The federal government’s Section 108 Loan Guarantee Program allows municipalities receiving Community Development Block Grant funds like Niagara Falls to apply for loans for “eligible” activities, including real property acquisitions or public facilities and improvements.
Community development’s public hearing notice identifies, as one of the “national objectives” required under the program, the benefit of “low- or moderate-income families or individuals” as being a qualifying factor for a loan to acquire the land for Centennial Park.
The notice describes the “project area” as the entire city, noting that Niagara Falls consists of more than 51% low- or moderate-income individuals or families.
“Since the project is an area benefit activity which benefits the entire city, and consists of over 51% (low- or moderate-income) families and individuals, funds available under the Section 108 Loan Guarantee program can be used for property acquisition for the Centennial Park project,” the notice reads.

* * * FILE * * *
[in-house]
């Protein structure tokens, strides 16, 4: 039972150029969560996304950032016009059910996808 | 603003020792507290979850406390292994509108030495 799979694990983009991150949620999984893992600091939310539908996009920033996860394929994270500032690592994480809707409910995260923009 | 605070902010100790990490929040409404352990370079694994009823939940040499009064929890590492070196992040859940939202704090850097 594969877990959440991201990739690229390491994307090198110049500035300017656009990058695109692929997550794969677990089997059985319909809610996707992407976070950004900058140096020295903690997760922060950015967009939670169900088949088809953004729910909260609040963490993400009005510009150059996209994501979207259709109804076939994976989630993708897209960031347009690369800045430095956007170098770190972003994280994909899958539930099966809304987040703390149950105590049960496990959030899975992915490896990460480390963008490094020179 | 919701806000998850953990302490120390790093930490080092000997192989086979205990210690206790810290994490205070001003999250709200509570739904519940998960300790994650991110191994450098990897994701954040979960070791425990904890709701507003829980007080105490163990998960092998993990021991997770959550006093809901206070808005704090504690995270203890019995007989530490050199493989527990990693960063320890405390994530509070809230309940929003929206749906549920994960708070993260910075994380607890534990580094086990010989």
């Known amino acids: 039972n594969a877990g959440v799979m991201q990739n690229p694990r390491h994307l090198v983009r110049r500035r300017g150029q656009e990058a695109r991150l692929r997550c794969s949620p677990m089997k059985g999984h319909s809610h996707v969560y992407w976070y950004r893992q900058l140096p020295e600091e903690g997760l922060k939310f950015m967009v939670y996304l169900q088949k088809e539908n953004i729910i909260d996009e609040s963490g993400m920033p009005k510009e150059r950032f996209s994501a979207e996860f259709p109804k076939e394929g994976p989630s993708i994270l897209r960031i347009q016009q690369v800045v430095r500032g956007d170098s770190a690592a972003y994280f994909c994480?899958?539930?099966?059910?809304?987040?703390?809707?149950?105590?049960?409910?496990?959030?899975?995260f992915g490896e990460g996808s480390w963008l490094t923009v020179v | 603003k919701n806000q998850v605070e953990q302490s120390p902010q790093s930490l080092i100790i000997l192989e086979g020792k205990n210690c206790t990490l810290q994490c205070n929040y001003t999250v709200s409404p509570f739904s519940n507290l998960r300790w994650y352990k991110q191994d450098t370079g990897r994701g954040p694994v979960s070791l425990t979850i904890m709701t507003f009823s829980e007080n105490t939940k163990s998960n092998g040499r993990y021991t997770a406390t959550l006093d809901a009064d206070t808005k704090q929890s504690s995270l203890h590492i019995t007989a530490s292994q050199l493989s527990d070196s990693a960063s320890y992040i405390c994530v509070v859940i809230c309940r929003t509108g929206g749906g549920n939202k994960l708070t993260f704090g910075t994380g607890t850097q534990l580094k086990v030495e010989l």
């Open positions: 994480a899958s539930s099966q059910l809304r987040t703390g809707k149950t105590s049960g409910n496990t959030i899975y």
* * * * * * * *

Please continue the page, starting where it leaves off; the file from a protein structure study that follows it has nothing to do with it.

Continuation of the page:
In order to apply for the loan, the city’s community development department must amend its existing four-year spending plan for CDBG funds which runs through 2024.
Before authorizing any amendment, the department must solicit comments from the public. Comments can be sent in writing to the department through Dec. 1. The public hearing is scheduled from 6 to 7 p.m. Dec. 22 in city council chambers at city hall.
If the community development department does amend its spending plan to accommodate a federal loan, Restaino said the city would not repay the loan using essential funds. He described the federal grant money to be used for repayment as money the city has “used to do extra things.” He cited additional road repairs and housing demolition projects as two examples.
Restaino stressed that the city would continue to repair roads and demolish blighted houses if it took out a loan, acknowledging that it would not have as much federal money available for those types of projects in the future if the loan is approved.